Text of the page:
How Can Farmers Benefit from Seed Inoculation?

Tanja Folnovic

Agronomy Expert

The life of every crop starts with a seed. Small but powerful, it has the ability to feed the world. Since food is the most universal necessity among all human beings, the seed is the most valuable and the important farm produce.

Mankind and most other living organisms are totally dependent on the availability of seeds, making it a multi-billion dollar industry, as well as one of the world’s largest and important industries.


In aiming to produce enough food for the ever-increasing population, scientists have found a way to produce more food as well as secure the yield. Technological development in science has improved the seed properties, making it more resistant to pests and more capable of absorbing nutrients from the soil. This practice is called seed inoculation and it includes the coating of seeds with Rhizobium bacteria.

What Is Seed Inoculation?

Seed inoculation is the practice of covering the seed surface with a nitrogen-fixing bacteria (Rhizobium or Bradyrhizobium) prior to planting. The bacteria penetrates the root, resulting in the formation of root nodules that fix nitrogen from the air and make it readily available to the plant.

This farm practice is characteristic of that which is done for legumes, such as clovers, alfalfa, bean, soybean etc., which are in a symbiotic relationship with Rhizobium bacteria. Seed inoculation benefits both the seed and the Rhizobium bacteria. It protects the nitrogen fixing bacteria, needed, due to the fact that most seeds carry natural toxins against soil decay which destroy Rhizobia as well.



Along with bacteria, a common farm practice in seed inoculation is the adding of systemic fungicides. They greatly increase seedling survival due to a Pythium and Phytophthora root rot presence in the soil. Seed inoculation contributes to a higher survival rate of seedlings, as well as less seed needed to establish a efficient farm production.

Importance of Seed Inoculation Practice

Native Rhizobium bacteria in soil are not numerous or effective enough to stimulate biological nitrogen fixation and increase yields. To obtain the full benefit of biological nitrogen fixation, it is necessary to inoculate a crop with a compatible Rhizobia strain. The best farm practice is to inoculate the crop every season. This is important because the bacteria population in the soil may no longer be large enough for good nodulation during the next season.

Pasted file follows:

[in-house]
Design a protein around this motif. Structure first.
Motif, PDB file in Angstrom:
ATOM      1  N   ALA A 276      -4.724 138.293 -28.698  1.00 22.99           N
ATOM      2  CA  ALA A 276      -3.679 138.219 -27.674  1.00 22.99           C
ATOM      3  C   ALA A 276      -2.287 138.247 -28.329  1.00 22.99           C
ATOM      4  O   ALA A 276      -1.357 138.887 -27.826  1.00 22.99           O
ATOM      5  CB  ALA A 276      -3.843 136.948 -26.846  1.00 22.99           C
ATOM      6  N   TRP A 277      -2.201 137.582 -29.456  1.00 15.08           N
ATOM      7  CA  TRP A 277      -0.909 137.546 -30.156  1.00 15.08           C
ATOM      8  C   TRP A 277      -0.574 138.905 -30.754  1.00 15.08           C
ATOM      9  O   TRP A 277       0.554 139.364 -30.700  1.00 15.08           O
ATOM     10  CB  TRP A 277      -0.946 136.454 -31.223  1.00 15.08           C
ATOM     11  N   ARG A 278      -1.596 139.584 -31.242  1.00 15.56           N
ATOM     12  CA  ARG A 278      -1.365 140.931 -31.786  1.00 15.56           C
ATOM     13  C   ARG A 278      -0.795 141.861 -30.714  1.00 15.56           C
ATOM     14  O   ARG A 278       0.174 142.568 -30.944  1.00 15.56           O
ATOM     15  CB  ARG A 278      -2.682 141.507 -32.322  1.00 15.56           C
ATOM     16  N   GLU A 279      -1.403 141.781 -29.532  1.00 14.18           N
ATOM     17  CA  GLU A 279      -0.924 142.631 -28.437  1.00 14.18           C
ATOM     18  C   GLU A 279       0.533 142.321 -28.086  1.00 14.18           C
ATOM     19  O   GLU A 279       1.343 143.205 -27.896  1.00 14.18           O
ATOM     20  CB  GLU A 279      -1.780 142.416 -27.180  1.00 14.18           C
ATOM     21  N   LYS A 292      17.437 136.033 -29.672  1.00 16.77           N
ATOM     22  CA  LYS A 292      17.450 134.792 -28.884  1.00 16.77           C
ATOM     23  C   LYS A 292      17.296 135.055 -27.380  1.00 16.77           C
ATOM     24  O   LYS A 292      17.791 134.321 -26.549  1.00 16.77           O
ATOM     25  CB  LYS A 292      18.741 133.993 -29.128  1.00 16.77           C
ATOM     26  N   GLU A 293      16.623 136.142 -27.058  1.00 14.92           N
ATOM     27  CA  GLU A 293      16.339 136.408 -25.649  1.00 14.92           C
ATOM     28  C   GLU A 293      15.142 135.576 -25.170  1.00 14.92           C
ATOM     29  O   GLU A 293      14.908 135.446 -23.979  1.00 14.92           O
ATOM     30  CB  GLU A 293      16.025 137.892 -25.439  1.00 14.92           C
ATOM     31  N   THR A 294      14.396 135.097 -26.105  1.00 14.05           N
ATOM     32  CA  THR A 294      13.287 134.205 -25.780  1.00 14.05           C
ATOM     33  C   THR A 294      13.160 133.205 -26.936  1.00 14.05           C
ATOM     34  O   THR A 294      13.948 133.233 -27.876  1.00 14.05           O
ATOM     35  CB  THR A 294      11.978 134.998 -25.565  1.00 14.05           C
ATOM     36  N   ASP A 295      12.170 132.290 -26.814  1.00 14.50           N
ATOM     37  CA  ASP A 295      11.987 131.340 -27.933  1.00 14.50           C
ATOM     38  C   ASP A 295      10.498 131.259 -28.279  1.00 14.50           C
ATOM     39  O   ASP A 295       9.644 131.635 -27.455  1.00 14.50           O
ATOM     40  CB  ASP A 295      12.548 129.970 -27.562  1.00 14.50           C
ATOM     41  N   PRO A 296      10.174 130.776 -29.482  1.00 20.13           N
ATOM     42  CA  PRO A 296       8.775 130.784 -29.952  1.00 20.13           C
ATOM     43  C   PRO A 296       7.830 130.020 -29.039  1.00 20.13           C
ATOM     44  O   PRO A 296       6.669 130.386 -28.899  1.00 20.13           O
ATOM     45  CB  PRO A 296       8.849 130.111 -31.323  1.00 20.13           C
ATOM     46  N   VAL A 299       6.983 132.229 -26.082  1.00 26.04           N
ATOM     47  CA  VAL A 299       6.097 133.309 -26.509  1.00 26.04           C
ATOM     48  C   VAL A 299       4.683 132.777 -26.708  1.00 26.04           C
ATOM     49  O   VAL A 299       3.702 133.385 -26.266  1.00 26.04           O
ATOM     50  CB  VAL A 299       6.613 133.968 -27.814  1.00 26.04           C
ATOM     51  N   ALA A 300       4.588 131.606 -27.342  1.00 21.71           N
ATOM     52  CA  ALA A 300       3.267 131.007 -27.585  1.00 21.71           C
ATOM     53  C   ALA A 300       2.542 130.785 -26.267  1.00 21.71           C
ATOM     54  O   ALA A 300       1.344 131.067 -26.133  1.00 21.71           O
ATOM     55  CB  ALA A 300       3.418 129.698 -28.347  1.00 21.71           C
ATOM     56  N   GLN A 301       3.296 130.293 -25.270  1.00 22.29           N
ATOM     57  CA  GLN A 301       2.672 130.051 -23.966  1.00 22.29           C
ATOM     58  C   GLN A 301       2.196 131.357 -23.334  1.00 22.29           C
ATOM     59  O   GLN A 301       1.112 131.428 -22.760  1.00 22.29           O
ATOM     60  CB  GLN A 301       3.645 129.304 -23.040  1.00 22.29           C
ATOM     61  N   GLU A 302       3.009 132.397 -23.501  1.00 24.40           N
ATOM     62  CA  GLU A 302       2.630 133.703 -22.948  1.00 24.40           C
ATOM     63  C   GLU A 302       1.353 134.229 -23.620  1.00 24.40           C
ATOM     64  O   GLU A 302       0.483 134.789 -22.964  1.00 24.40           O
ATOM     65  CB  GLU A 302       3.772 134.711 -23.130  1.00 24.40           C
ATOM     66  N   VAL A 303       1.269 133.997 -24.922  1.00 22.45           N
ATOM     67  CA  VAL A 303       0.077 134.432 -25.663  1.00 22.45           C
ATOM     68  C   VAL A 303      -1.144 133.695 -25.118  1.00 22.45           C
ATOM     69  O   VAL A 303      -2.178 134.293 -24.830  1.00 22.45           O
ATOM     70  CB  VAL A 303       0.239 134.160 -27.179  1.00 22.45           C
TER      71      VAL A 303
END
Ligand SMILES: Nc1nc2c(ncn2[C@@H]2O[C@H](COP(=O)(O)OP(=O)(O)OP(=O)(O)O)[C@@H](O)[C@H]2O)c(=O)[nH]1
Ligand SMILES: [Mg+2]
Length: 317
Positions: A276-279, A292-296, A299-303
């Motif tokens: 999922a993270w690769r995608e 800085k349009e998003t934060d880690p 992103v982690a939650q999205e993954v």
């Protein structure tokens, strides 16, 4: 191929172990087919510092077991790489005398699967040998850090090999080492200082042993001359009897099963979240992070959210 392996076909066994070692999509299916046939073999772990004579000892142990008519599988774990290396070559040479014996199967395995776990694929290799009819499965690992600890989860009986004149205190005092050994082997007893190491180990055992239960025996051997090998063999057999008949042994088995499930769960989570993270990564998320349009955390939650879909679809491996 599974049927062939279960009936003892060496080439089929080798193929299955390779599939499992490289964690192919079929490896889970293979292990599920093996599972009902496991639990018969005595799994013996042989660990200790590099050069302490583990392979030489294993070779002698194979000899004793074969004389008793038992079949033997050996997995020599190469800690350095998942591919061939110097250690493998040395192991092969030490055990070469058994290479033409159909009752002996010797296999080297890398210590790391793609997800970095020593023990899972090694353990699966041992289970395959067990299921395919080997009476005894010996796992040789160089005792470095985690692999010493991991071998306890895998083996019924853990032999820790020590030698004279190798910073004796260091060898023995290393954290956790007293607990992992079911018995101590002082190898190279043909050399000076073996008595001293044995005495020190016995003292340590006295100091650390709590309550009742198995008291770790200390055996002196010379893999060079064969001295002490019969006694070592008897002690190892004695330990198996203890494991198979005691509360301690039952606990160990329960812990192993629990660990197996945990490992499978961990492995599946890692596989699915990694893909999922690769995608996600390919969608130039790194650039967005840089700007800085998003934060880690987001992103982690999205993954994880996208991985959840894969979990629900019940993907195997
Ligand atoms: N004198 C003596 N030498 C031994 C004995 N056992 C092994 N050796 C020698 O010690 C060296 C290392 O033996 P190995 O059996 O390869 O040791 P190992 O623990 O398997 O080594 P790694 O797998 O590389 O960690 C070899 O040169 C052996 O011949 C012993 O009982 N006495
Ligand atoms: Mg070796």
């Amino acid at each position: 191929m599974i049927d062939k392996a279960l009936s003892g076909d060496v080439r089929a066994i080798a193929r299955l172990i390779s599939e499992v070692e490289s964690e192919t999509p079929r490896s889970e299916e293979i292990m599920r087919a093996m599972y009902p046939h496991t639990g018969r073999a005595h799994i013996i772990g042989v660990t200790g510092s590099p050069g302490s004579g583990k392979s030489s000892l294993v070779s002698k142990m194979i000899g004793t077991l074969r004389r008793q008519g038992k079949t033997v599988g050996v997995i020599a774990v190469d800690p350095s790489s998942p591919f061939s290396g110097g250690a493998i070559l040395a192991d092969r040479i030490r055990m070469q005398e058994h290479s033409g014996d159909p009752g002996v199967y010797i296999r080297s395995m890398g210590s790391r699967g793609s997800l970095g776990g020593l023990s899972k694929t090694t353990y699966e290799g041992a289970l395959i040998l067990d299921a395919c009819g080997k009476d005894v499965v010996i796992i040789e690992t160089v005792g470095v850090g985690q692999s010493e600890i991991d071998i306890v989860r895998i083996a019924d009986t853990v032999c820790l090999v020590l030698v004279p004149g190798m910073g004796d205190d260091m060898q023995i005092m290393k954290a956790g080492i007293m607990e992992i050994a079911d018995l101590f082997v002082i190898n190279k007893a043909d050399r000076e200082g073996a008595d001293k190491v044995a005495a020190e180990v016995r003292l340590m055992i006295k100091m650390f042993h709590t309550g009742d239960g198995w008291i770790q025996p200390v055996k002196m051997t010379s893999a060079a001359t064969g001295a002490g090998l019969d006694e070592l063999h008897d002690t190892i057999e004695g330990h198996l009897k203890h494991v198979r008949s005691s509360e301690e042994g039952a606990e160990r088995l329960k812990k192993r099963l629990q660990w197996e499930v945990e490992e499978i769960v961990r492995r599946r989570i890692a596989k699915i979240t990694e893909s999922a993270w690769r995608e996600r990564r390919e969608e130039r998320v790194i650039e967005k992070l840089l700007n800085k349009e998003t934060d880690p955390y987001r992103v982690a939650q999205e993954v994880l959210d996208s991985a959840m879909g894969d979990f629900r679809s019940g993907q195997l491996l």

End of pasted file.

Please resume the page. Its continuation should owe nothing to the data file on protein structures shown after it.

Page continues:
In 300 grams of a high-quality seed inoculant, there are about the same number of Rhizobia, comparable to a 4-ton truck loaded with soil from a field with a successfully nodulated legume crop. Seed inoculation may benefit both the farmer and the crop in the following ways:

  • The coating on the seed acts as a wick for water in times of drought and improves its stress tolerance
  • Coated seed is less likely to be eaten by birds and rodents and more resistant to various pests, diseases, and nematodes
  • When coated seed is mixed with a granular fertilizer, the coating can protect Rhizobia from the negative effects of fertilizer
  • Rhizobia inoculants have no negative side effects on seed because it is impossible to over-inoculate, therefore farmers don’t need to have additional knowledge to participate in this farm practice.




Inoculation is a fairly simple procedure, especially, due to the fact that the farmer himself can inoculate the seed prior to planting. There is also the option to buy already inoculated seeds, which is a common farm practices. Therefore, various seed inoculation techniques are available, as stated in the table below.



Seed Pelleting

After seed inoculation, seed can be coated with a protective layer of powdered lime or phosphate, thus giving the seed additional value while striving to survive in the soil. Seed pelleting has many positive effects on the seed:

  • Pelleting can prolong the survival of Rhizobia on the seed when sowing is delayed
  • When seeds are sown in hot and dry soils the protective pellet may help preserve both the Rhizobia and the seed until conditions are suitable for germination
  • Pelleting is used for protection against dangerous seed pests
  • In soils that are highly acidic, lime pelleting can help protect Rhizobia.



After seed inoculation, care should be taken to immediately sow the seed or store it in a cool, dry place for only a short period of time. If stored for too long or in a temperature that is too warm, the Rhizobium can die. In addition, the Rhizobium in the seed coating may no longer be viable.

Seed inoculation is a quick way to establish a good, healthy crop production with little money required. This practice sounds like great idea for farmers to manage higher yields, doesn’t it?



Text sources: University of Hawai‘i ||


Image sources: IN TECH || Redeemer University College ||